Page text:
COMM Ch 8 Flashcards

    Start studying COMM Ch 8. Learn vocabulary, terms, and more with flashcards, games, and other study tools.

    COMM Ch 8

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    Why did Warren Buffet buy newspapers?

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    News is good business. Warren argued that papers deliver comprehensive and reliable information to tightly bound communities and will be viable for a long time. People want reliable information and good stories more than ever.

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    What roles do newspapers have in contemporary culture?

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    1. They are chronicles of daily life

    2. they inform 3. they entertain

    4. When they report on scientific, technological, and medical issues, they present specialized knowledge to the public.

    5. They shape cultural trends through reviews of films, concerts, and plays

    6. Opinion pages trigger public debates and offer differing points of view.

    7.Columnists do everything from provide parenting advice to the US role as a military superpower.

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    1/62 Created by Jeffrey_Darah

    Terms in this set (62)

    Why did Warren Buffet buy newspapers?

    News is good business. Warren argued that papers deliver comprehensive and reliable information to tightly bound communities and will be viable for a long time. People want reliable information and good stories more than ever.

    What roles do newspapers have in contemporary culture?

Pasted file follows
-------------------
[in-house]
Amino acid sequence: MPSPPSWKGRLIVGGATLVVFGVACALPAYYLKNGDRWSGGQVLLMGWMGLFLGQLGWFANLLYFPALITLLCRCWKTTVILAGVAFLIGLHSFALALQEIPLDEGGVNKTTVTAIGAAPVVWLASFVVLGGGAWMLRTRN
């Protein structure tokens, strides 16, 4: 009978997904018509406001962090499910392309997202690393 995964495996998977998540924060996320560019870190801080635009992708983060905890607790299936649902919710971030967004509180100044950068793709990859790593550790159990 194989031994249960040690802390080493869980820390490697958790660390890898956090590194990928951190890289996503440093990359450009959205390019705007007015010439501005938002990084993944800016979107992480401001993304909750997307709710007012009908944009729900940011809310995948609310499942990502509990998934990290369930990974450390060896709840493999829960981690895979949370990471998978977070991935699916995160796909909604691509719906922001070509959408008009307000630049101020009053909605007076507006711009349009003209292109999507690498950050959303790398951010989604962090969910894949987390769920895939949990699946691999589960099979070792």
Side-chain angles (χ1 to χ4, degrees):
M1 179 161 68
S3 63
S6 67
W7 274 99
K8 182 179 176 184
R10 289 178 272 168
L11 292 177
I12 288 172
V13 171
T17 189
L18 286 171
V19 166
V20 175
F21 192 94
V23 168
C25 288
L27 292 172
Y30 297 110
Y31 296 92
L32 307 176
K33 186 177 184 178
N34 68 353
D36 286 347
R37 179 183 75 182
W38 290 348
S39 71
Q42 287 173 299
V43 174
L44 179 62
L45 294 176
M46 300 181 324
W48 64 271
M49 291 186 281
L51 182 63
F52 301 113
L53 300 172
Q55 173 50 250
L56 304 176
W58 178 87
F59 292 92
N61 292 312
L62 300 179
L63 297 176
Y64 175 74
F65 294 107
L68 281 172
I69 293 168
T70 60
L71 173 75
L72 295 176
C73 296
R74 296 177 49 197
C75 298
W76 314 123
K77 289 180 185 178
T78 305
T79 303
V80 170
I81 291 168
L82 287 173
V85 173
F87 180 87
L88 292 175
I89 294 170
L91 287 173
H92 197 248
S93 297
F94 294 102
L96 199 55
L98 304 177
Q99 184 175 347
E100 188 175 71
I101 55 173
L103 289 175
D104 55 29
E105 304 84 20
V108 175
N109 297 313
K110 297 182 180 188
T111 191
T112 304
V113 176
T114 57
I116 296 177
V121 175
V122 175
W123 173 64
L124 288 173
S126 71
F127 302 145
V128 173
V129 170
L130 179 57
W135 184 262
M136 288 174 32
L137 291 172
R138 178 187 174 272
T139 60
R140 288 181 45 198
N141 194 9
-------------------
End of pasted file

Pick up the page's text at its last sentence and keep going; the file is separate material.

1. They are chronicles of daily life

    2. they inform 3. they entertain

    4. When they report on scientific, technological, and medical issues, they present specialized knowledge to the public.

    5. They shape cultural trends through reviews of films, concerts, and plays

    6. Opinion pages trigger public debates and offer differing points of view.

    7.Columnists do everything from provide parenting advice to the US role as a military superpower.

    The evolution of American Newspapers

    1. The earliest news was passed along family to family, tribe to tribe, by community leaders and oral historians.

    2. The earliest known written news account, or news sheet Acta Diurna (Latin for daily events) was developed by Julius Ceasar and posted on public spaces.

    3. The development of the printing press in the 15th century greatly accelerated a society's ability to send and receive information.

    4. Today newspapers continue to document daily life and bear witness to both ordinary and extraordinary events.

    In this chapter we will

    1. Trace the history of newspapers through a number of influential periods and styles.